The anti-virus vendor acknowledged that it was deliberately hiding a directory from Windows APIs as a feature to stop customers from accidentally deleting files but, prompted by warnings from security experts, the company shipped a SystemWorks update to eliminate the risk.
Symantec, of Cupertino, Calif., is the second commercial company caught in the flap over the use of rootkit-type techniques to hide files on computers. Rootkits are programs that are used to give a remote user access to a compromised system while avoiding detection from security scanners.
A spokesman for Symantec referenced the Sony flap in a statement sent to eWEEK, but downplayed the risk to consumers. "In light of current techniques used by today's malicious attackers, Symantec re-evaluated the value of hiding the [previously cloaked] directory. Though the chance of an attacker using [it] as a possible attack vector is extremely slim, Symantec's update further protects computers by displaying the directory," the spokesman said.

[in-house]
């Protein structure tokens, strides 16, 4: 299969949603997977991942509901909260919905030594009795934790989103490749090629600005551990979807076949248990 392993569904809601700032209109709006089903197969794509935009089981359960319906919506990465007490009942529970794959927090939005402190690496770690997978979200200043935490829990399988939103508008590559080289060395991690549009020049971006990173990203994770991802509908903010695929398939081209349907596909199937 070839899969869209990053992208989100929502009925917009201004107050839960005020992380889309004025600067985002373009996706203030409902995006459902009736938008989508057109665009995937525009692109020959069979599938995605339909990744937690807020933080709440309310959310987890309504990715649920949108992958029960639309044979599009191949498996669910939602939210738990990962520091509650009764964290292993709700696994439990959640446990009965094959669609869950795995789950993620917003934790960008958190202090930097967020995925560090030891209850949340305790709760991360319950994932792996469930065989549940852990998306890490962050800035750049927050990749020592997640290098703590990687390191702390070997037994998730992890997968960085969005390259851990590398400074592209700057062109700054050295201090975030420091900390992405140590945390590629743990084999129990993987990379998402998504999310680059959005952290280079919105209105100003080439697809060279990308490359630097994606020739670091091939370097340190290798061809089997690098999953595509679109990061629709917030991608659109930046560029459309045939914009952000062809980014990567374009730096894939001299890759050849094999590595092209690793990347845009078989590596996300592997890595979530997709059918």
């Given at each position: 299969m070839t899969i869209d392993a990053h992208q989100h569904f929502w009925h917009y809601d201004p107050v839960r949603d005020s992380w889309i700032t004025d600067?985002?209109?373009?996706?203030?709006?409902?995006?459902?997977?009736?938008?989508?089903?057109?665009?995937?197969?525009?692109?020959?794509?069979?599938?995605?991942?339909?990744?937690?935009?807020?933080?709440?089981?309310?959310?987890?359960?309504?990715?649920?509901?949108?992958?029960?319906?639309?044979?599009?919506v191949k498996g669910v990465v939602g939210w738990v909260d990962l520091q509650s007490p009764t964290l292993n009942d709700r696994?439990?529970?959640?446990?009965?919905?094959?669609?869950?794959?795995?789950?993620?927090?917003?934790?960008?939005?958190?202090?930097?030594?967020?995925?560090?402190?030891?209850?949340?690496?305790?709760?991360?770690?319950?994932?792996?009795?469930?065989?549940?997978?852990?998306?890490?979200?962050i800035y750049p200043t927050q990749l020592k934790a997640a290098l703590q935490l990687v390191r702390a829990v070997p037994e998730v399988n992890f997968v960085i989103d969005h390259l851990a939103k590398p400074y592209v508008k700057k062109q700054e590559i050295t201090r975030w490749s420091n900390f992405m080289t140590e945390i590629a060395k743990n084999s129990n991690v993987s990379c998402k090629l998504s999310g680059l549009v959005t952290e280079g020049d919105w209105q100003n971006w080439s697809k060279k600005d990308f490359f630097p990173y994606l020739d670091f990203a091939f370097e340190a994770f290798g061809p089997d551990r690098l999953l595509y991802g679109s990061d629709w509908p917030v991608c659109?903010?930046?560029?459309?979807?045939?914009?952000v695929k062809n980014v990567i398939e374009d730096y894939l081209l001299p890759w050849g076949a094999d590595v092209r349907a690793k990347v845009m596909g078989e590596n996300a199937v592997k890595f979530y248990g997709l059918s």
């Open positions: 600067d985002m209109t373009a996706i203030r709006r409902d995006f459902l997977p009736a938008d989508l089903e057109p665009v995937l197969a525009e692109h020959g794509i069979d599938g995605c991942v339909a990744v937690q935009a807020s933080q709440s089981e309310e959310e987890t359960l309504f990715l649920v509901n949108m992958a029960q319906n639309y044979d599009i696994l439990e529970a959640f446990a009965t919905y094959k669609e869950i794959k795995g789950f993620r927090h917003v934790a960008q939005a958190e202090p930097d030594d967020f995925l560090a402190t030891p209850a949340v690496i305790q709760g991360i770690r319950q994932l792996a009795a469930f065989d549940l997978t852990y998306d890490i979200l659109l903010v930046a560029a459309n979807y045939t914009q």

He explained that the feature, called Norton Protected Recycle Bin, was built into Norton SystemWorks with a director called NProtect that is hidden from Windows APIs. Because it is cloaked, files in the NProtect directory might not be scanned during scheduled or manual virus scans.
A couple of years ago, I dumped Norton because I didn't like what Symantec was doing to users of their products. Seeing things like this just helps to reinforce that decision :-/